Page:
from Gary and Cheryl Kuney
At the beginning of 1999 the Kuneys were not planning to become missionaries. They had raised their five children in Oklahoma, and planned to remain there. However, during that year they felt God calling and by the end of the year the entire family, except for one daughter, had moved to San Pedro Sula, Honduras.
There has been great excitement in seeing the Lord change the hearts and lives of individuals who are searching for truth. It is equally thrilling to see how Christians that come on short mission trips are challenged to continue sharing Christ’s message of love and hope when they return home.
In summary, the Kuneys want to help young Honduran men and women learn a trade so that they can earn a living. But experience has shown that is not enough. To be fulfilled they must come to Christ and learn how to apply Biblical truths to their lives. The Kuneys have found that in order for these new converts to be discipled, church development is essential. Gary works with the village churches to unite the pastors and help develop them to win the villages.
Many of the men in local villages speak of the “American Dream” and will risk their lives, and abandon their families in order to experience it. On many occasions Gary has said in public, “There is no American Dream”; it’s “God’s Dream” and you can experience it here in Honduras as well as the United States.” The Kuneys desire is to have opportinity bring as many as possible to that realization.
Your gifts, prayers, and service are all a part of this ministry! We thank God for all of our friends who share our burden for gathering hearts for Christ in Honduras.
from meeting medical needs to teaching a trade
From the beginning it became apparent that there were many single women in the villages who were in desperate need of learning a skill so that they could support themselves and their children. To adress that need, in 2001, the Kuneys began a sewing school. The many graduates since then attest to the success of the program. From the beginning, tuition for the sewing class was attendance at a daily Bible class with the goal of equipping the students for a successful and satisfying life.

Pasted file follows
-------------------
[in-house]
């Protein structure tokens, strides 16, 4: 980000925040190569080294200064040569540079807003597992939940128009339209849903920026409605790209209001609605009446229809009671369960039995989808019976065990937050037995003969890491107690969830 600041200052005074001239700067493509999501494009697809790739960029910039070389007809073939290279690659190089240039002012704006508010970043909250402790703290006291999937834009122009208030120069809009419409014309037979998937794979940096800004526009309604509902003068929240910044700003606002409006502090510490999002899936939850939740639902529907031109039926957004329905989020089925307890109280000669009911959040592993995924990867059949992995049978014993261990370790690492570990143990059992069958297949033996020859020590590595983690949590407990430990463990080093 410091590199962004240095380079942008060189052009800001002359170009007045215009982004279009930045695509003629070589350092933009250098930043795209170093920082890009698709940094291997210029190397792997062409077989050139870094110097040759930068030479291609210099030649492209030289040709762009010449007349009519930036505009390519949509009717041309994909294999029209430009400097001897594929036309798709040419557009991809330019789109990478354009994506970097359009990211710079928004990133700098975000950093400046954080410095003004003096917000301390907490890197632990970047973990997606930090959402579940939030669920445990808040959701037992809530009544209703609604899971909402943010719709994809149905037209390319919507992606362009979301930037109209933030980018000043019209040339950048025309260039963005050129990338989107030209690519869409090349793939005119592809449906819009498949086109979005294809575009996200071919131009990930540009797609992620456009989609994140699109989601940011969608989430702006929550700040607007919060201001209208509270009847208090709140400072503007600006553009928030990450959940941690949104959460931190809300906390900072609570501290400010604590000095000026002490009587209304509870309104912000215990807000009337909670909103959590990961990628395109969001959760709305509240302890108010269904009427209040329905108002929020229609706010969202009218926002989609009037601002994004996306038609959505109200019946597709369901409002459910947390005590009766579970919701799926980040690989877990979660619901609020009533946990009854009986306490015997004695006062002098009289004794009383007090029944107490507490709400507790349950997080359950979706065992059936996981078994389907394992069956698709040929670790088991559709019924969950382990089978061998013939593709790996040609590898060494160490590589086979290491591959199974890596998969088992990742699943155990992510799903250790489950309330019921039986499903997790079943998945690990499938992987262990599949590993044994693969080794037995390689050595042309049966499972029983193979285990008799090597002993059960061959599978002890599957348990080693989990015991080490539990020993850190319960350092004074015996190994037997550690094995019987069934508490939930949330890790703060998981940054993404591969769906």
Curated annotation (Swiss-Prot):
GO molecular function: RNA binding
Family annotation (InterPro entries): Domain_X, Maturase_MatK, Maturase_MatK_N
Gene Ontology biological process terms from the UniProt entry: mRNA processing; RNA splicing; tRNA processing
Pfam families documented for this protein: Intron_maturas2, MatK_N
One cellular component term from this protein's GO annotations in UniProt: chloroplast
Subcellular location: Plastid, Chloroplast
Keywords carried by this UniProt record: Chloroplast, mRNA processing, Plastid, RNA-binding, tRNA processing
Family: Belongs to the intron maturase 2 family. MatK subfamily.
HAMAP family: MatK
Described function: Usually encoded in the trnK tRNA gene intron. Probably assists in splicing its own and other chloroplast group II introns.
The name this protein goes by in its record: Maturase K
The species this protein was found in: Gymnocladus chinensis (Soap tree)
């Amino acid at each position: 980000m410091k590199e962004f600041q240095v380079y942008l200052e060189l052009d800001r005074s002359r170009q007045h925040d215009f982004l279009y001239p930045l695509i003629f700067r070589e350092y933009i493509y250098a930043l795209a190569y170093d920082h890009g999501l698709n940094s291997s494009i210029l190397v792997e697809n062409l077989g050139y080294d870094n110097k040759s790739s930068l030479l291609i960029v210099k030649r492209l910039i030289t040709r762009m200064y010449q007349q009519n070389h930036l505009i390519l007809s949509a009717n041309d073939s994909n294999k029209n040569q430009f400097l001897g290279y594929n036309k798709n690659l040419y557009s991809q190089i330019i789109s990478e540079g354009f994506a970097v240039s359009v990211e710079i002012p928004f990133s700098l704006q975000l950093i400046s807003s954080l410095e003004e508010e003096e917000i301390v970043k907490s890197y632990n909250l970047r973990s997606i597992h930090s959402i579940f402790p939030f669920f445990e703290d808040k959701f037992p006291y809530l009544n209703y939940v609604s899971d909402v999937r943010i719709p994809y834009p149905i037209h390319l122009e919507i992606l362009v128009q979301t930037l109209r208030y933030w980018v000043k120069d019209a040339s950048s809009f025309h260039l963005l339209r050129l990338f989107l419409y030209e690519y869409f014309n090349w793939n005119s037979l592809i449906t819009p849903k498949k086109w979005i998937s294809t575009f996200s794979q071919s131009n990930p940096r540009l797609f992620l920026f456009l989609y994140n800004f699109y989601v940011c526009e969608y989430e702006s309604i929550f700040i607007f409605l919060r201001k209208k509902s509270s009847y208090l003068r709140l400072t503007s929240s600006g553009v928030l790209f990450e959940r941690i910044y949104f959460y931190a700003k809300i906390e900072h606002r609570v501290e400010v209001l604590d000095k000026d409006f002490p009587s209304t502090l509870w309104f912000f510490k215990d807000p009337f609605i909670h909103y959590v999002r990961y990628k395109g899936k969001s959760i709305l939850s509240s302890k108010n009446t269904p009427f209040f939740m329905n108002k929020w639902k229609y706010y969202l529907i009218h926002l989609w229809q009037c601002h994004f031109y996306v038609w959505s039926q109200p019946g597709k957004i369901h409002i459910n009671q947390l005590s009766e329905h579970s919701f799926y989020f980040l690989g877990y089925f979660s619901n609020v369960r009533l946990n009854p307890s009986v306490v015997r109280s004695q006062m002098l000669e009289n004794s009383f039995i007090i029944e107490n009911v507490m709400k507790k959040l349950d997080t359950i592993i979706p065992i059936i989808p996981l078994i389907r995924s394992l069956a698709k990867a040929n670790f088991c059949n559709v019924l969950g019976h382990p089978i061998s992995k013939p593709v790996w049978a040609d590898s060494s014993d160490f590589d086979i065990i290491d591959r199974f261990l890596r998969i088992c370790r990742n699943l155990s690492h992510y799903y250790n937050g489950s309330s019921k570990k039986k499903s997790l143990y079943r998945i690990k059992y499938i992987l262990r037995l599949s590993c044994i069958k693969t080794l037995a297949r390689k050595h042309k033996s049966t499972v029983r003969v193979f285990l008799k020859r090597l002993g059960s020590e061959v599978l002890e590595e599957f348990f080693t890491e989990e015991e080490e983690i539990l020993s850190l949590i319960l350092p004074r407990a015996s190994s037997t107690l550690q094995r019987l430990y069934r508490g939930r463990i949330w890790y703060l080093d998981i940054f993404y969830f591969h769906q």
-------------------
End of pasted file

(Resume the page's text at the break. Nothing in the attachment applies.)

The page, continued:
Also in 2001 a Christmas Box project was begun. Each year since then Baptist Chapel Church in Oklahoma, with the help of other local churches, has packed and sent to Gathering Hearts nearly 1000 Christmas boxes. Each child in the designated villages receives a box with a toy, personal hygiene items, school supplies, a snack, clothing, and a presentation of the Gospel, designed by two Baptist Chapel young people. Hundreds of children have come to expect this yearly gift and they ask about it all year long
Many medical and dental needs continue to go unmet in local villages. To address that need, Gathering Hearts has begun providing dental and medical help in the new clinic areas.
Just this year they have also begun offering vocational training which includes carpentry, welding and computer training. This has great appeal to a number of young people who might otherwise be drawn into gangs. Each of these classas, too, includes a compulsory Biblical study in addition to skills training.
At this time we are constructing a Conference Training Center and attached dormitory that can house up to thirty two people. This will enable short term mission teams to be able to stay on site, but also a bigger purpose is to have training for teams and local converts so that they can in turn reach out to their own people. In addition we hope to have the ability to provide online higher level education where the students could earn a diploma that would make them eligible for a seminary in Costa Rico.
We are also working on a production center. The purpose for a production center is to provide employment for the impoverished, especially single mothers. Many of these mothers are bused out of their villages to larger cities and work in factories. The down side is they leave their children unattended or with siblings who are often not old enough to keep constant care of the little ones. Some of the young boys are pressured to join a gang.
The owner of Carpentree Company in Tulsa, Ginny Hobson, met with Mauricio Meyer, general manager of the Landau Corporation, who offered his expertise in starting production.
The Landau Corporation has already donated commercial sewing machines and designer fabric has been sent down from the United States. We hope and pray that this will be a source of income for years to come for the people of these villages.Gathering Hearts
2220 West Oakridge
Broken Arrow, OK 74012